I often struggle to come up with a title for my blogs, but other times – like this week – it’s difficult to pick between all the options. I had thought about ironically calling it “No collusion!” but you’ve probably had enough of that phrase. I considered “Because we can!”, but that had already been used by a journalist writing on this very topic. In the end an implied expletive was really the only way to go.
Consumer good prices from 1996-2017
Sources: www.bls.gov, www.ibm.com/watson-health/learn/truven-health-analytics, insulin.substack.com/p/insulin-list-price-data-sources
A dysfunctional market
In my opinion, the US drug market is broken. To me, it looks more like a system designed to gouge a cornered customer base than a typical ‘market’. In the case of insulin this ‘market’ equates to 30 million diabetics (2.5 million of whom are type 1 diabetic). It could more appropriately be defined as a racket. Thinking about it, “What a racket!” would have been a good title for this article too.
As an outsider looking in, the US healthcare system can be difficult to get to grips with, particularly for someone who can access socialised universal healthcare. The logic of a private healthcare system is predicated on market forces and justified on the basis of high quality, but if this is true then in the US it comes at a very high cost. Indeed, the stark difference between private healthcare costs in the UK and the US was noted recently by our UK equities team when reviewing the Spirax-Sarco management benefits. Guess what country Mr Whalen is based in?
Market forces can be distorted when a product is non-discretionary (like a lifesaving drug), and supply is tightly controlled (or poorly regulated). If those who supply the product are allowed to raise prices significantly above the rate of inflation for 20 years, questions need to be asked. In the case of Insulin, they should have been asked long before prices went up 1171%.
I have written a series about abusive pricing and why fairness can be a source of competitive advantage (see part I, part II and part III). I have also written on the intersection between healthcare and market forces (see Human life: A cost-benefit analysis and Can technology disrupt and democratise drug development?). Our research has translated into a long-term investment theme in our portfolio which I call “Healthy Healthcare”.
We believe companies that deliver improved health outcomes and take cost out of the healthcare system will deliver long-term value for shareholders. Our bottom up stock picks, which we believe fall directly into this category, include Insulet, Peptidream, Cochlear, Illumina, Penumbra, Medidata, Diasorin, Amplifon and Veracyte. Conversely, we believe companies that do the opposite will be put under increasing pressure. In many cases, the drug companies are the focus because they seem to be pushing unreasonable price increases through with little to no added value.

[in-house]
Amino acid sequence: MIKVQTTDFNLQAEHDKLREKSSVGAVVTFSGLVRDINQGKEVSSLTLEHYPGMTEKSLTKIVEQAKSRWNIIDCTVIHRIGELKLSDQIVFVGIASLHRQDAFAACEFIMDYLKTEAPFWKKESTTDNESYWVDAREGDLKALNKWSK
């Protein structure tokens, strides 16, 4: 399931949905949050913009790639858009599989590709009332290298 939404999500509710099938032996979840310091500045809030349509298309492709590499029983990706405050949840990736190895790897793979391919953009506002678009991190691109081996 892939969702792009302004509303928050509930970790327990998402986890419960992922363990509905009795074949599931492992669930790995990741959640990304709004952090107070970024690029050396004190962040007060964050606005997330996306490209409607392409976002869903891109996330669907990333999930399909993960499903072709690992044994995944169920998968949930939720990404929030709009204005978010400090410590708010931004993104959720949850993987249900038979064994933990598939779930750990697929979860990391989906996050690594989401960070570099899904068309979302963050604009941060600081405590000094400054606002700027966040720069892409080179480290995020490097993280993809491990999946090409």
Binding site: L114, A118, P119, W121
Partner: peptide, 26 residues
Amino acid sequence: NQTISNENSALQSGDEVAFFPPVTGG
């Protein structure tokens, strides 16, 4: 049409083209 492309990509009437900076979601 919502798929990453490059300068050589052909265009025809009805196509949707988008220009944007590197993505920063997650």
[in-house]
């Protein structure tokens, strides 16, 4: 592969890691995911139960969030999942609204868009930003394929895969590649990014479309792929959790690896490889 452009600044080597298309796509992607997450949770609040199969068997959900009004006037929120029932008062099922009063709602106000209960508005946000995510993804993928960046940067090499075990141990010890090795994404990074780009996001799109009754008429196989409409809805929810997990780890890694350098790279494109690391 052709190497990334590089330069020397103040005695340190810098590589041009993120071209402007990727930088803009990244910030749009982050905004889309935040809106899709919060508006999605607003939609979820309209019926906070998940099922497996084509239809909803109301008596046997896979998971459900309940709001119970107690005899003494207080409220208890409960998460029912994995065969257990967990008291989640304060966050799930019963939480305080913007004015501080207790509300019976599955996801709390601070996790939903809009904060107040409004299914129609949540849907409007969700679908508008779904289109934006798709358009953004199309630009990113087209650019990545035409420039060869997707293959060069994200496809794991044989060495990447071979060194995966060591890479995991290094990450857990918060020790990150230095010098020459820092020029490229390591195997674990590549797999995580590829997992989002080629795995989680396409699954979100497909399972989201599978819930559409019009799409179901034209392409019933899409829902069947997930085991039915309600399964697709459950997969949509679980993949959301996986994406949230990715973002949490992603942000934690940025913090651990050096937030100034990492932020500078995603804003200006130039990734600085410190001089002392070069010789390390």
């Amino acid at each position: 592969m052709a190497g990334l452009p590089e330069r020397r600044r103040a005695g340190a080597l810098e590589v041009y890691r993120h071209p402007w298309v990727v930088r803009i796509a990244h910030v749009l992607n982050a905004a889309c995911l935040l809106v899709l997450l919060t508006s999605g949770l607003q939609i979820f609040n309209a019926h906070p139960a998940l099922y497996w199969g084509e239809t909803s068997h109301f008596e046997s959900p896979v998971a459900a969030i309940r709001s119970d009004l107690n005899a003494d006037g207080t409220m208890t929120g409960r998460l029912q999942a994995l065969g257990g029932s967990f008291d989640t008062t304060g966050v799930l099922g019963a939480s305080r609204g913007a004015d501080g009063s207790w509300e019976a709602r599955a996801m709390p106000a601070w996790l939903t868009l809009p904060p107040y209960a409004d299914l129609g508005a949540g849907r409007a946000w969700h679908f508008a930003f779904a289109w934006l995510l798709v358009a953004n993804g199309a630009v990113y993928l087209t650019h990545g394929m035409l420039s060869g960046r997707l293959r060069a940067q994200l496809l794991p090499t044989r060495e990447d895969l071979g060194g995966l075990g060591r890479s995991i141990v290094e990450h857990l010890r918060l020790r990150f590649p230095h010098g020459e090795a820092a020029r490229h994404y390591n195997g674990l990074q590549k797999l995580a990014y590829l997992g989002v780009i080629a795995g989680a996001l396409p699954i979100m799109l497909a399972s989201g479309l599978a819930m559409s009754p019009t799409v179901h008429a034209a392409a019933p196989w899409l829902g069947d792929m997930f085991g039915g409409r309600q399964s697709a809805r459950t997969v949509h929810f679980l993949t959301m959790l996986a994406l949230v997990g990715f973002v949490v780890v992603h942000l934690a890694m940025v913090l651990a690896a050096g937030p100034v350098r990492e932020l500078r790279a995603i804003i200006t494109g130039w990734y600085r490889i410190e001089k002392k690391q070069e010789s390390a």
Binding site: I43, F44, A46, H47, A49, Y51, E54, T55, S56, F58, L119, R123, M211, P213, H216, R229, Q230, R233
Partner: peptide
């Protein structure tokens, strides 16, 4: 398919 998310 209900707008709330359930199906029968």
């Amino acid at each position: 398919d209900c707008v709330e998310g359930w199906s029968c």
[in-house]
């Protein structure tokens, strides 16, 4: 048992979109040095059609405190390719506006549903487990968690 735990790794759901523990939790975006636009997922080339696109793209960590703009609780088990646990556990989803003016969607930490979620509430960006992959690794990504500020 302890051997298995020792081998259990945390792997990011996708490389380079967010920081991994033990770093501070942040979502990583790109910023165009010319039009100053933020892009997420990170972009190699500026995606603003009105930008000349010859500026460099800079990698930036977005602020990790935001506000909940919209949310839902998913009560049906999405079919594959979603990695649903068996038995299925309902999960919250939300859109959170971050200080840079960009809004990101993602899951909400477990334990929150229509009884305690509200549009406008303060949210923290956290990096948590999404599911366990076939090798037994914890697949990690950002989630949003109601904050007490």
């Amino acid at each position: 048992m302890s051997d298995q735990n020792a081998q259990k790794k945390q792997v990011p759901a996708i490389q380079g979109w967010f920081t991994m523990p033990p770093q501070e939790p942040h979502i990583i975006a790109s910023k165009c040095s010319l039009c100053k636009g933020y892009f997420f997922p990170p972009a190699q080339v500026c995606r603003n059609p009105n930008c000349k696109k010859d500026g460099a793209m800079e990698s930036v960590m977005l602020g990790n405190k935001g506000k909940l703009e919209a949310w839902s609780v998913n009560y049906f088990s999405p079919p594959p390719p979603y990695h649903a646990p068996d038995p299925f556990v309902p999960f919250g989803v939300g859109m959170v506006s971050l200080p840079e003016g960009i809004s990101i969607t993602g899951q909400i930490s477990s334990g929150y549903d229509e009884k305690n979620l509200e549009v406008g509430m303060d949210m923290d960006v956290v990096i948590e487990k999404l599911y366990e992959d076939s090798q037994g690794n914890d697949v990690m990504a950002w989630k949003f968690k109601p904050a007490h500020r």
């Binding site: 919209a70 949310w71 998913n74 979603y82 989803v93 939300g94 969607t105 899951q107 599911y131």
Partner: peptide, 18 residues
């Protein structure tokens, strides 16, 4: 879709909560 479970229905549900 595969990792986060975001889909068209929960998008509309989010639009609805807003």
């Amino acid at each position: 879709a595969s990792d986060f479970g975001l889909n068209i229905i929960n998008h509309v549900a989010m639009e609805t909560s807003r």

Back to insulin. How and why have prices been rising so fast? A few reasons.
The dark art of ‘patented generics’
I believe insulin is effectively a generic that is patented. What do I mean by this? I would argue that insulin formulas have not improved that much in 20 years. Purity has improved and formulas have been tweaked, but I suspect this has been achieved at relatively low cost. Most importantly it has been just enough to maintain patent protection and prevent generic competition. These improvements are used as justification to push through large prices increases year on year. According to the Lancet, 90% of US patients are put on the most expensive insulins. I strongly suspect this dynamic means that diabetics are used to heavily subsidise R&D in other drug categories – small mercies if this is the case. NB – This all seems somewhat perverse when you consider that Frederick Banting (who discovered insulin in 1923) felt it was unethical to patent or profiteer from his innovation. His co-inventors sold the patent for $1.
The system is opaque
Most American diabetics “co-pay” for their insulin. This means that insurance companies pick up part of the bill. So if insurance companies are paying, why don’t they fight to push prices down or want patients on cheaper formulations? Well this is where the Pharmacy Benefit Managers (PBMs) come in and it all gets very complex and opaque… so please bear with. A full definition of what PBMs do can be found here but in simple terms, they are buying groups designed to negotiate drug prices down on behalf of insurance companies and patients. But as part of their role as the patients advocate middle man they are allowed to take some of the discount that they negotiate as their cut or “rebate”. Sounds reasonable right? Except they don’t need to disclose what the discount is or what percentage their rebate rake is. The net price is a closely guarded secret. So patients can’t see how much of the benefit is passed to them.
Poacher turned game keeper… ehh… turned poacher!?
All of the PBMs have been acquired by insurance companies. This means the insurance companies get to keep the PBM rebate rake, whilst also passing on price rises to patients via increased insurance premiums and the patient’s deductibles upfront claim penalty. Thus, assuming competition is rational co-ordinated, insurance companies will pass insulin price rises on to patients whilst also capturing the PBM rebate rake.
Ok, so the system is never going to be perfect. Pharmaceutical companies will obviously push for price rises but the market mechanism should still keep prices down to some extent, right? Wrong.
Next week I will explain why this is …….